Upgrading your SAP System – Pitfalls and Processes for Success

Why Upgrade?

What compels a firm running multiple versions and multiple products of SAP to upgrade its ERP and other usage types? The (not always) obvious reason is the need for new functionality, which can better support company business needs and help them thrive in an ever growing competitive landscape. Basically, they want their business to run better than other businesses in their market. So a brief note on the release strategy for SAP applications, which follow a “5-1-2” maintenance concept: “5″ years of mainstream maintenance; “1″ year of extended maintenance at an additional two percent of the maintenance fee; and finally, “2″ years extended maintenance at an additional four percent fee. Not cheap, but it may be cheaper than a big upgrade project. After that, if you still don’t want to let go of the SAP release, there is always customer-specific maintenance, which is expensive.

I am sure that most of the decision makers are not aware of this information, and that is why I’m  writing this post.  SAP customers need to know of the additional investment they would have to make to keep their SAP system, running status quo.  I would encourage you, and your bean counters, to do the math on considering your SAP installations. After that, I am sure you would be compelled to focus on the upgrade (if not now, when?).

New Functionality

The main reason for upgrading has almost always been the additional functionality.  There are other reasons as well, like instance consolidation, virtualization, and requirements based on hardware, software and O/S.  Every SAP release brings new features, challenges and opportunities.  The need to upgrade is mostly driven by business needs, which in turn require new functionality in your SAP environments.  This empowers your company by transforming your processes and moving your company to higher levels of efficiency, richer reporting with new and improved analytic tools like BIA and HANA, and ability to make timely and informed business decisions.  The choice must be made whether to implement and develop the new functionality or perform an upgrade. This is not always an easy evaluation and the amount of customizing you do will certainly drive this decision.  This is the so-called “solution gap” and you have to ask, is the solution gap large enough to justify the SAP release upgrade?  And since SAP upgrades are time consuming and usually complex, is it worth investing time, money and resources to address this solution gap with an upgrade?

Yesterday’s Technology

SAP systems need to be constantly customized and enhanced in order to support evolving business needs. The time will come when the installed instances will no longer be able to suit your needs.  Staying on the same release is unsustainable from an infrastructure point of view as you will be required to stay on older hardware, software, and O/S.  If you have systems with many external touch points, it becomes more difficult over time to keep these working, especially if you are running much older SAP software. [Read more...]

SAP Data Migration – The Data Migration Plan (Part 2)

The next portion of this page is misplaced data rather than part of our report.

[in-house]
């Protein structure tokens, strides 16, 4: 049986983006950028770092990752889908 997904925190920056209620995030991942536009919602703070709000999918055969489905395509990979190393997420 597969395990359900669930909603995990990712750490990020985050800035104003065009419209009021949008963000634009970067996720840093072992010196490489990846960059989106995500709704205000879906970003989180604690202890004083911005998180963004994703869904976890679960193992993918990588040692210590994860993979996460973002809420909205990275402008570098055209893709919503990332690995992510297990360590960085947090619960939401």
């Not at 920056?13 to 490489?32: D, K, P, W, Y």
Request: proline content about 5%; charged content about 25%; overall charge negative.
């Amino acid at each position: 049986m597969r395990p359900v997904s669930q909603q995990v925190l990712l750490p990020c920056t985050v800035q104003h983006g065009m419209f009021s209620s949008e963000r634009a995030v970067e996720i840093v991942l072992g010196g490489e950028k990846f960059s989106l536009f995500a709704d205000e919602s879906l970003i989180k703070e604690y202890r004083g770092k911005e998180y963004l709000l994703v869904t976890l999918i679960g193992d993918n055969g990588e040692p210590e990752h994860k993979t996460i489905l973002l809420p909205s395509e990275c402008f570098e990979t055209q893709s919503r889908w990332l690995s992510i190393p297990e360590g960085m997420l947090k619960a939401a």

If you are responsible for the success of data migration, you will want to build a detailed plan that will walk you through all of the three phases of data migration: pre-data migration preparation, the data migration itself, and post-data migration cleanup.  I like my data migration plan to contain detailed steps that ensure that I don’t forget anything.  Each step lists a specific named responsible person along with their area of responsibility and contact information.  Unless I am responsible for executing the task myself, I prefer the named person to be a client employee (i.e. the business owner of the process) rather than a project consultant.    This is where the responsibility should be, and it requires that the business process owners actually participate in the activity rather than sit on the sidelines and watch.

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SAP Upgrades & Offshore Resources

It looks like it is official: 2010 is the year of the upgrade.  A little validation is good for my self-esteem. Now that’s out of the way and I’m polishing my attaboy trophy let’s get on with it.

In this post I’ll do a combined discussion about the use of offshore resources in an upgrade project as well as share some experiences working with remote resources.  My colleague, Mike Salvo, has already discussed ABAP customizations in an upgrade in this post.  Now that you’ve found these customizations, what do you do next?  Actually Mike provides loads of good advice about what to do next in terms of sorting out what is in the overall pile of objects that need to be examined.

What I hope is that you have documentation related to these objects: information that tells you why they were created, what they do, where SAP functionality is deficient in the current release and how you worked around the shortcoming.  This should be helpful in making the evaluation about whether you can remove a particular object or if you need to make sure it works in the new release in a way that satisfies your business and/or technical need.

I going to assume that you have been through the “bag of rocks” analysis described in Mike Salvo’s posts and now have a collection of pebbles, stones and boulders to work through.  This is where you can make good use of offshore resources to help out: there’s a lot of discussion about the use of offshore resources and you can use them really well or really badly.  Let me digress.

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